Can a broken heart make you physically sick? New research

Broken heart syndrome isn’t really rare and it seems to affect a certain population segment.

 Sad woman (illustrative) (photo credit: INGIMAGE)
Sad woman (illustrative)
(photo credit: INGIMAGE)

Until recently, broken heart syndrome was considered a relatively rare disease, but a new study has found that it affects more and more women in certain age groups.  What are the symptoms and how is this syndrome detected?

This may sound like an invented disease or a psychosomatic phenomena, but broken heart syndrome is an actual medical condition. 

Now, a new study in the Journal of the American Heart Association finds that it’s occurring more frequently, especially among women between the ages of 50 and 74.

Broken heart syndrome, also known as takotsubo cardiomyopathy (from Japanese, traps used to capture octopuses and similar in shape to the structural changes of the syndrome), is a medical phenomenon first defined in 1980 by American pathologists who found that in 11 out of 15 corpses that were autopsied, there were unique structural changes in the heart. 

It’s estimated that 1%-2% of patients admitted to the emergency room with symptoms identical to a heart attack are diagnosed with broken heart syndrome.

The disease is usually preceded by extreme shock, stress or loss, and symptoms include chest pains so severe that they feel like a heart attack, fainting and shortness of breath. 

(Credit: Ingimage)(Credit: Ingimage)

Lead researcher Dr. Susan Cheng from Cedars-Sinai Medical Center said that the trigger could even be something minor, like a surprise party or anything unexpected, from a car accident to a romantic breakup.

Research shows that although the disease isn’t common, it’s also not as rare as once thought. 

Researchers found 135,463 cases in the United States from 2006 to 2017, and in 88.3% of them women 50 and older were involved. In fact, the cases increased most rapidly (at least six times) in women in the 50-74 age group.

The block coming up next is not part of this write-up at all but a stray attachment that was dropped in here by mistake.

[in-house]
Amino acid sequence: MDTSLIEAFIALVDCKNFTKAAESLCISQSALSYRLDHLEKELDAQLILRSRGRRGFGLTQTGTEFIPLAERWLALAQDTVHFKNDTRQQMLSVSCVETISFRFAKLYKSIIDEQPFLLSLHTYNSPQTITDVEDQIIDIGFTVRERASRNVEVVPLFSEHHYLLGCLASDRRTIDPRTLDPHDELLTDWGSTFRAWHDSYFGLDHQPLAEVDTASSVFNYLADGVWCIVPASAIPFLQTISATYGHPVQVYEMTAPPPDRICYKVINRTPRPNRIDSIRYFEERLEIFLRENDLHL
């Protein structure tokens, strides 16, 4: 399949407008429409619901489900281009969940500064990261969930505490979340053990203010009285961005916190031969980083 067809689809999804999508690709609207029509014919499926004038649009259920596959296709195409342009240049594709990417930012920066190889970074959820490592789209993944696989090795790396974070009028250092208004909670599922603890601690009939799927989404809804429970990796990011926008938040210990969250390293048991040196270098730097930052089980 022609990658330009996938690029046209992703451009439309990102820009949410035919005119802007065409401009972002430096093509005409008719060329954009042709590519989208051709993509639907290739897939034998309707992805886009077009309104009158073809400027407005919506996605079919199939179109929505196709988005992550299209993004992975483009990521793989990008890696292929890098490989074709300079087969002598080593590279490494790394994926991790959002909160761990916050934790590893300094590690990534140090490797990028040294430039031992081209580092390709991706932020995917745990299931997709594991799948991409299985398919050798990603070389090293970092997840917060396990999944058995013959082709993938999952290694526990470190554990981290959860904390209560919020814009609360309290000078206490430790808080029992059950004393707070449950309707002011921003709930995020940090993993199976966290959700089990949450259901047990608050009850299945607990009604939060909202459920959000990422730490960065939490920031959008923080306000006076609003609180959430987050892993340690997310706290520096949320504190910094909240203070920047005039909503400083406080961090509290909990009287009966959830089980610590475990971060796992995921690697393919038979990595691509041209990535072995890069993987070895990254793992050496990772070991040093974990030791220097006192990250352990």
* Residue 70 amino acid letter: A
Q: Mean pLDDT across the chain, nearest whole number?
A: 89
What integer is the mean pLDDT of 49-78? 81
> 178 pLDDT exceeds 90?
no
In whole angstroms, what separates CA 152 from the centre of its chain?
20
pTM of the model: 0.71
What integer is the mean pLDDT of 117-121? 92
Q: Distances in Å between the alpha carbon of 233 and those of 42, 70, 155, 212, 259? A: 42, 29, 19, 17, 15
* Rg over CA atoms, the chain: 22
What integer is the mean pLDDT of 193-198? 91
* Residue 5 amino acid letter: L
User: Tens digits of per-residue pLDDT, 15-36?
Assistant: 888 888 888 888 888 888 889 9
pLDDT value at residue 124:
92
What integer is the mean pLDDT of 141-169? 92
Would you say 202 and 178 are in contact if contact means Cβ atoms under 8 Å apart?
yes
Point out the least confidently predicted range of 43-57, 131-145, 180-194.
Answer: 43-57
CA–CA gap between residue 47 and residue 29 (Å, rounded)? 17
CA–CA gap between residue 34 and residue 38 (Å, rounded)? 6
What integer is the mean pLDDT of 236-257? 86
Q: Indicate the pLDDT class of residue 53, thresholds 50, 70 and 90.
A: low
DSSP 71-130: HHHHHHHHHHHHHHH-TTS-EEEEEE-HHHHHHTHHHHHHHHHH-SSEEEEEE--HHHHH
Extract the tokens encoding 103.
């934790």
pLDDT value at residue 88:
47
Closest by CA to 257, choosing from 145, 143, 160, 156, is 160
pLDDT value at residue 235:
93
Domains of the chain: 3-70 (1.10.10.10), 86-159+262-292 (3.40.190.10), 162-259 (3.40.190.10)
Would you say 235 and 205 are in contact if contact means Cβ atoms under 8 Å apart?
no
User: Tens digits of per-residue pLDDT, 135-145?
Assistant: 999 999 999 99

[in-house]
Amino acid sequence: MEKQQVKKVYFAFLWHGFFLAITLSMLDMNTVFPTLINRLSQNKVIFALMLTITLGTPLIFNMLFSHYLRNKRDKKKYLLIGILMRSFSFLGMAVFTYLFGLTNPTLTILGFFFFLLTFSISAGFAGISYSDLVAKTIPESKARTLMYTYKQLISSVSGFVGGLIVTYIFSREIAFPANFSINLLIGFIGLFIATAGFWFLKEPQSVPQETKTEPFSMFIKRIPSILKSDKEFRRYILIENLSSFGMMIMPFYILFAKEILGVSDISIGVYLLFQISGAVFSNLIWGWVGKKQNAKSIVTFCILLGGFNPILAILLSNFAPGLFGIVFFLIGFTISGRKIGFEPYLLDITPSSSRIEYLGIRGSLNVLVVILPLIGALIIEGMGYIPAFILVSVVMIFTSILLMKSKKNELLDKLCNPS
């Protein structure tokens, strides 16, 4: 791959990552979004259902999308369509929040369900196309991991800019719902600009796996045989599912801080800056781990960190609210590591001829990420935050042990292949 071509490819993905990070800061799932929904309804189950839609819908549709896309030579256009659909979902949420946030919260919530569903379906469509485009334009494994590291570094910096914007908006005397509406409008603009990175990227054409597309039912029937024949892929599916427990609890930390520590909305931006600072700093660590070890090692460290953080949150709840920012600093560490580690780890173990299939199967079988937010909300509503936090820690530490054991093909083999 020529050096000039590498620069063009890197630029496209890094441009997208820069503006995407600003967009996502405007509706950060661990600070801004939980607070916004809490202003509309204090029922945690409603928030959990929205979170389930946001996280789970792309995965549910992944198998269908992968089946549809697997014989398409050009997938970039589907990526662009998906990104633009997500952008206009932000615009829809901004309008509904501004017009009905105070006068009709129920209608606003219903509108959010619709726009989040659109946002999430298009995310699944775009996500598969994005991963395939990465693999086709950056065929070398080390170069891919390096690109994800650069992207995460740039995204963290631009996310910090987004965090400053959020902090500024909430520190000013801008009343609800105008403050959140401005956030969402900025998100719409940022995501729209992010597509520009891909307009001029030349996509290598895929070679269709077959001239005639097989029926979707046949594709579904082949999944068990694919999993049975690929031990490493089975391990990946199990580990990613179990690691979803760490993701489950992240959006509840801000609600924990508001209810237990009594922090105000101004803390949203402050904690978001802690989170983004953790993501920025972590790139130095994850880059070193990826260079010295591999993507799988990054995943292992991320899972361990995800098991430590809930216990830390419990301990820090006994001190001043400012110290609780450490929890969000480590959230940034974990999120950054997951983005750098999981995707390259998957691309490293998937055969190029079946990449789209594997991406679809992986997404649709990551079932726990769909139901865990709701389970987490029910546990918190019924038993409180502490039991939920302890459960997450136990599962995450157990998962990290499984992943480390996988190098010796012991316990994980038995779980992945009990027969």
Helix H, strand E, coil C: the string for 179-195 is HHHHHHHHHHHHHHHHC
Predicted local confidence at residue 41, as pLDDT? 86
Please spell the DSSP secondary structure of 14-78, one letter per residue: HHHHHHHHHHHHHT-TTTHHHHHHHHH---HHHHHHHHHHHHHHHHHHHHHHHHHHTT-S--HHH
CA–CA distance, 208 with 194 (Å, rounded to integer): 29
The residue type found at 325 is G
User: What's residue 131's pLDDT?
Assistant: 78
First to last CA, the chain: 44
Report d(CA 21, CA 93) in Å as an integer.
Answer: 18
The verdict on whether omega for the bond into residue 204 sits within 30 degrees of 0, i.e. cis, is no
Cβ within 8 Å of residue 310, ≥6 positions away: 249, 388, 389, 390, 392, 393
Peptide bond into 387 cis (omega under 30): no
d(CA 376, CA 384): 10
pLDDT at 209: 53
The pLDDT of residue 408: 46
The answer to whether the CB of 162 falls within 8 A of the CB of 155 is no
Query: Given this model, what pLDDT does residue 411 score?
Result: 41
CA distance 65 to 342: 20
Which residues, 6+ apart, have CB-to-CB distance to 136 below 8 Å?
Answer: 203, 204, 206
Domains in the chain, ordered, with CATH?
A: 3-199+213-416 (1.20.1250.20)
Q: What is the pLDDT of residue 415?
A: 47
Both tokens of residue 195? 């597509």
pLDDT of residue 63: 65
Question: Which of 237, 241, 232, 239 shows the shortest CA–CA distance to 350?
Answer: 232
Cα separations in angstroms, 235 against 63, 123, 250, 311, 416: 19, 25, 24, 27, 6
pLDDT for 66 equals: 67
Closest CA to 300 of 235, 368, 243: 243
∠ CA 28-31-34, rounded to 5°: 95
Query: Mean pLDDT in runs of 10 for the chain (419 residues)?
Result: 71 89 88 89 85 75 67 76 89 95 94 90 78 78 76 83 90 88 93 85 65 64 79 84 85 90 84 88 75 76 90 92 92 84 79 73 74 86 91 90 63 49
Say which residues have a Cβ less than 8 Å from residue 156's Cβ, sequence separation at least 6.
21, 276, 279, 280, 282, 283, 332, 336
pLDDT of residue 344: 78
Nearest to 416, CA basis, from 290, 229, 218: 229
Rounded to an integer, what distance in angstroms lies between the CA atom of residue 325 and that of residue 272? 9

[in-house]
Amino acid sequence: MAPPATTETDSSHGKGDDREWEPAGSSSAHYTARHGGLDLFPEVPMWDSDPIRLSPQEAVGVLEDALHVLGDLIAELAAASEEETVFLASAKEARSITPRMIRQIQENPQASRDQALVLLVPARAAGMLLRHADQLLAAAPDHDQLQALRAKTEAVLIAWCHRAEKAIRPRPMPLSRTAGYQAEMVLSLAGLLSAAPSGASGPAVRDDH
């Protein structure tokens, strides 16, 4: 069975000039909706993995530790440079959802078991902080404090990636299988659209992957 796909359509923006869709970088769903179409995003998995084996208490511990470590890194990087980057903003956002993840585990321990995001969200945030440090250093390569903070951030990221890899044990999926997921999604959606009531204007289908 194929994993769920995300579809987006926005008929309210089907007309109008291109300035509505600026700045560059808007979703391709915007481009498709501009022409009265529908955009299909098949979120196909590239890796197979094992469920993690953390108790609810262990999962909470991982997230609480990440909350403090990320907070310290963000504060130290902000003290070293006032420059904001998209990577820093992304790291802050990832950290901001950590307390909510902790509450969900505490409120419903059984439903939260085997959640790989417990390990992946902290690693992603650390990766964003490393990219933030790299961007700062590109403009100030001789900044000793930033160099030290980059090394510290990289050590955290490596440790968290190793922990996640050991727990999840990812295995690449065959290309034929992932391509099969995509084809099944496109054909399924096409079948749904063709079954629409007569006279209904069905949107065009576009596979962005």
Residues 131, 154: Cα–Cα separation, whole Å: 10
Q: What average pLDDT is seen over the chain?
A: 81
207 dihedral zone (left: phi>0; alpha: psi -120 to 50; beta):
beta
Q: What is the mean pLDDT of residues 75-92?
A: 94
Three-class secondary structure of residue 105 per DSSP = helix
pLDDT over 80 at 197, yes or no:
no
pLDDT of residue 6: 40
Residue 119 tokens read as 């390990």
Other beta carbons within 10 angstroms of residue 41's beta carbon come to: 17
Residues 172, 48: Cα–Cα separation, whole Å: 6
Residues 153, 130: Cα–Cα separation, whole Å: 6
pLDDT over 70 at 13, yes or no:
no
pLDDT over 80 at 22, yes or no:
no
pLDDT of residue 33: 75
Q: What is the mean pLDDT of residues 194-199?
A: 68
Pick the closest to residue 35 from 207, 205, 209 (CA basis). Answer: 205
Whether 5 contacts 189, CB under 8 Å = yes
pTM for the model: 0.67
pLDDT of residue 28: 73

The main symptoms of broken heart syndrome are sudden and intense chest pain, a manifestation of a burst of stress hormones which can be caused by an emotionally stressful event.  Such factors are varied and can include the death of a loved one, initiating or closing a divorce, separation and sometimes even a very happy and surprising event.

The manifestations of the syndrome include chest pain and shortness of breath, heart rhythm disorders and even an extreme condition called cardiogenic shock, in which heart function is weakened until it fails to meet the needs of the body. Unlike a heart attack, in most cases the syndrome can be treated and the heart restored to full function within a few weeks, and those who have experienced the syndrome in the past are at low risk of it occurring again. Usually, recovery time is fast and ranges from a few days to weeks.

Cheng said that men and women have different biological systems and therefore have differences in susceptibility to various diseases. 

She added that "these differences even intensify over time, and in this study it seems to be applicable here as well." 

Greater awareness has a part to play in the increase in case documentation, but Cheng said environmental factors not yet identified are probably another factor. Future research will try to determine who may be the most vulnerable. 

"There's probably some basic genetic predisposition," she concluded.